Bitcoin SV (BSV) proponents proudly defend the economic model in the Satoshi Vision of Bitcoin and in the whitepaper itself as the superior way to run a worldwide immutable blockchain. This economic reasoning from within the BSV world may sometimes—for various reasons—not easily convince outsiders. However, the Satoshi Vision now gets an advocate of the finest kind.
George Gilder, the widely known writer and highly respected economist, makes a comprehensible case for BSV and the Satoshi Vision—without mentioning Bitcoin at all.
In his book “Knowledge and Power,“ Gilder states:
It takes a low-entropy carrier (no surprises) to bear high-entropy information (full of surprisal).
This may sound scientific and complicated, but it really is not. In a recent interview recorded for Youtube by the Hoover Institution, Gilder makes this insight easier to understand:
In order to carry (…) a surprising creative signal, you need a predictable carrier.
Where is the connection to Bitcoin? Wait and see. Let’s simplify this even further: To be creative, you need a stable foundation.
In the interview, Gilder discusses the idea of an economy with a set of governmental circumstances—tax policies, regulations, legal regime, property rights—as a “predictable carrier“ for innovations, investments and growth. Whenever governmental circumstances change surprisingly fast or surprisingly often (worst case scenario: both), growth decreases and businesses withdraw potentials. Gilder explains:
What you want in economy is predictable laws, predictable political leadership, a spirit of trust which means a contract can be predictable. Property rights, which means that property rights don’t change from time to time. That entrepreneurs can launch their creation through a world that’s governed by predictable rules of law (…).
Exactly the same thought works for blockchains. You want a blockchain protocol as a “predictable carrier“ in order to enable a stable foundation to build onto.
A blockchain itself can be a “low-entropy carrier,“ being able to “bear high-entropy information.“ This is possible only if the underlying protocol is stable. Otherwise, it is not a “predictable carrier“ in the words of George Gilder, therefore not able to carry a surprising creative signal.
These surprising creative signals can be anything on the blockchain or anything that uses the blockchain. For example, applications. We have already witnessed the cambrian explosion of services on the Bitcoin (BSV) network with apps like Twetch, WeatherSV, Peergame, Weiblock and many more.
This is exactly what Gilder is talking about, even though he was not referring to blockchain or cryptocurrencies at all. Once you establish a stable ground layer, a stable carrier, a stable blockchain protocol, anyone feels secure enough to build something onto it.
And Gilder digs even deeper. Still discussing information and economy in general, he says:
Influence from the channel to the content is called noise. And you want to have as little noise as possible.
So whenever the channel, or let us say carrier, influences the signal, it is called noise. That is a distortion. Translated to the blockchain cosmos it means that any developer change of the protocol will affect the content created on the blockchain. Protocol changes create noise, distortion, insecurity and push away businesses as businesses seek stability and predictability of circumstances.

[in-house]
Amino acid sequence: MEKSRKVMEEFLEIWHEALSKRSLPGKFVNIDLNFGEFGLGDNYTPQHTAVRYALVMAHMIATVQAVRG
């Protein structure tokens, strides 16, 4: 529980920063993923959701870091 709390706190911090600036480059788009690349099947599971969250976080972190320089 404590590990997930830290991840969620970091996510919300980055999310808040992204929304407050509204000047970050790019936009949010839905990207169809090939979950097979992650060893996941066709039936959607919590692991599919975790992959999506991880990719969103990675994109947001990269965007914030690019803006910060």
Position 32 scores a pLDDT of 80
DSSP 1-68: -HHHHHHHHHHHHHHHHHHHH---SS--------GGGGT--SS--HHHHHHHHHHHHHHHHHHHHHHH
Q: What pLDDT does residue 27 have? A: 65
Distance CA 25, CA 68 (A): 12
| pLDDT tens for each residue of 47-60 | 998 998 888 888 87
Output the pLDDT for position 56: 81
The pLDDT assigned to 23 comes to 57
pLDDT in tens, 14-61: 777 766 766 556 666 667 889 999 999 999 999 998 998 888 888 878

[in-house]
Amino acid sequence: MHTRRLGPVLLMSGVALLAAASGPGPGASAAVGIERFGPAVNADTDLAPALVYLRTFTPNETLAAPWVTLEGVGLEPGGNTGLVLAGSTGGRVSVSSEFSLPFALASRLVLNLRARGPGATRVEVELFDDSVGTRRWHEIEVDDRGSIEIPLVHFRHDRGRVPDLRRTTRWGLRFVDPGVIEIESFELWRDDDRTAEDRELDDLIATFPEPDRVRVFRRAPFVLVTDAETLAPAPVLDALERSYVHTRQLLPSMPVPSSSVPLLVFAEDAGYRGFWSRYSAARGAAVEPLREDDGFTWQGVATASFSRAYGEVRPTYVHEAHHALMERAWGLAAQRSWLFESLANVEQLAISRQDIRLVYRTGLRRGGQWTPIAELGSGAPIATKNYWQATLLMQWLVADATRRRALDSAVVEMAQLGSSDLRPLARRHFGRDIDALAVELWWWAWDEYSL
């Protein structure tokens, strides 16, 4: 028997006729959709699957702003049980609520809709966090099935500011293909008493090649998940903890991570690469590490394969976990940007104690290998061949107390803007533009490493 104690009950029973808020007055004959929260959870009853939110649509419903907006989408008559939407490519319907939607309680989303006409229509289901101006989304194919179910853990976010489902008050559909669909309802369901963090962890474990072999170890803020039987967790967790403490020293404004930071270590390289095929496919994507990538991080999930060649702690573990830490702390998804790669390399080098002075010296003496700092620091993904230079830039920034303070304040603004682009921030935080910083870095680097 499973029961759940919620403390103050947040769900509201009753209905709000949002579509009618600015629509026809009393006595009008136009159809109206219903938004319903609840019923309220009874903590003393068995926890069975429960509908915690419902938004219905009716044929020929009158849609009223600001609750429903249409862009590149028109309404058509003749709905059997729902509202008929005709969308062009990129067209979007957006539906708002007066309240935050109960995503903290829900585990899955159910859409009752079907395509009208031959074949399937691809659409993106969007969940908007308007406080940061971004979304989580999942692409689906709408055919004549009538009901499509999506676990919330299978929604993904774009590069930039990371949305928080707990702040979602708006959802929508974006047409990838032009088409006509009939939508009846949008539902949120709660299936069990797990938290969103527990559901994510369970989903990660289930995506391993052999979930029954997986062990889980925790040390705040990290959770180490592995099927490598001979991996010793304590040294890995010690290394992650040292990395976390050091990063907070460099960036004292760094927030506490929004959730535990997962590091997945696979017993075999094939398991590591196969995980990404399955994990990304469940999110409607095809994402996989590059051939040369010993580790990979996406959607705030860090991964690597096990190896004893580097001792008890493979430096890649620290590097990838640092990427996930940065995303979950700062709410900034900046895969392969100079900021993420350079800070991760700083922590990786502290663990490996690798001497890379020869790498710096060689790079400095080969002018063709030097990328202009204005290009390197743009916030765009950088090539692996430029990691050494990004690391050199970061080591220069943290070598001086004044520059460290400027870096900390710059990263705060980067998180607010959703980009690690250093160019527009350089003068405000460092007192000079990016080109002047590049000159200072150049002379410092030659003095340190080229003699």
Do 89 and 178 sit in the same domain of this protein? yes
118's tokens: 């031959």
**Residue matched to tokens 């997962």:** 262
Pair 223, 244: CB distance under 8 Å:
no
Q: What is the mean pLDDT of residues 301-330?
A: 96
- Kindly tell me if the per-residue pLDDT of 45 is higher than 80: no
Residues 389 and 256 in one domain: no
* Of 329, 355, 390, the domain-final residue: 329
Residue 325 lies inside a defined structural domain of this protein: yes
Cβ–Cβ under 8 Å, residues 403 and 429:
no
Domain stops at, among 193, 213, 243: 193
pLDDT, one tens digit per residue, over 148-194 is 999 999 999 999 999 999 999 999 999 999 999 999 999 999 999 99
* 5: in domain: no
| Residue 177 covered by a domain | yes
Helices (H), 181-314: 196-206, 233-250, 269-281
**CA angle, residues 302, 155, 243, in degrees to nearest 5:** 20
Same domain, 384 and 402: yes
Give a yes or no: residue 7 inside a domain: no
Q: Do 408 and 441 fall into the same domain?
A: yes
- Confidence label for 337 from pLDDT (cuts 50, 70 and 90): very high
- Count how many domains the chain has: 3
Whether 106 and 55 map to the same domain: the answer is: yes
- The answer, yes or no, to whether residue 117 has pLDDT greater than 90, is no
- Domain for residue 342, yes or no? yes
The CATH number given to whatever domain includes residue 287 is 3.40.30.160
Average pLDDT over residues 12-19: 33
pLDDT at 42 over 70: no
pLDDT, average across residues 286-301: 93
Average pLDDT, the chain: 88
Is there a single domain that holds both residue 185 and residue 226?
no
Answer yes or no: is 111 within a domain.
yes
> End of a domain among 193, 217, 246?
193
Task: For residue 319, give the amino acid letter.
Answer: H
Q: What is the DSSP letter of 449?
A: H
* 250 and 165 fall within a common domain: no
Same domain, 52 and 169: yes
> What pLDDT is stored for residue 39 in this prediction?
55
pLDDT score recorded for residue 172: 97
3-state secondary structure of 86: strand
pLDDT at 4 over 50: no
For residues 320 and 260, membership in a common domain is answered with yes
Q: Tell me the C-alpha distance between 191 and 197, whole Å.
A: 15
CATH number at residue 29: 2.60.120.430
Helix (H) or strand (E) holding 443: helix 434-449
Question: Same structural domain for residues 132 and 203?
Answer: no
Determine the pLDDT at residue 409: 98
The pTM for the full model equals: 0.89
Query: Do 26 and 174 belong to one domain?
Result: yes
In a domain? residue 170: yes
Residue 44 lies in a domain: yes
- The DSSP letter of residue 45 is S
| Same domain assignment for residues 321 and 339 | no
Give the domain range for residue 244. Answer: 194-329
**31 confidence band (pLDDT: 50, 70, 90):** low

One could already experience this “noise“ in the BTC realm.
The BTC camp has a kind of schizophrenic relationship with the idea of a stable protocol. On the one hand, they limit the blocksize to a dead stable 1MB and vehemently defend this restriction. On the other hand, they alter the meaning of the whitepaper and the definition of Bitcoin as a chain of digital signatures by implementing segregated witness technology (SegWit), which morphed BTC into something that is not Bitcoin at all (because with SegWit there is no chain of digital signatures anymore). Recently it has even been discussed inside the BTC circles to raise the number of total BTC supply in order to create a different rate of BTC inflation. This would be just another uneducated approach in economic terms to the stability of a protocol, or as Gilder puts it: “noise.“
Mindblowing is how Gilder points out the emergence of these most needed “predictable carriers“ or stable protocols in society and history:
I don’t believe that these rules (…), the Constitution, the trustworthy political leadership, contracts, courts that are reliable, that all these ‘low-entropy carriers‘ can emerge spontanously. I think it takes heroic George Washington and Jefferson and Madison, all these great men to achieve the ‘low-entropy carriers‘ that allowed the efflorescence of the American economy (…).
How did Bitcoin with its frozen protocol emerge? Right. Through the exhausting and never seen before hash war of 2018. That was how the “low-entropy carrier“ BSV as the most “predictable carrier“ ever in blockchain existence was born. Through battle and hardship in an unprescedented historic event, just like Gilder explains the emergence of all “low-entropy carriers“ in general. We heard this years ago from the Bitcoin creator himself:
The nature of Bitcoin is such that once version 0.1 was released, the core design was set in stone for the rest of its lifetime. (Satoshi Nakamoto)
This is why. Set the protocol in stone for the rest of its lifetime in order to make possible a cambrian explosion of creativity. The set in stone protocol is the “low-entropy carrier,“ it is the “predictable carrier“ as Gilder articulates it. A stable foundation anyone can build onto forever. No “noise“ at all.
Satoshi Nakamoto foresaw it, George Gilder confirms it.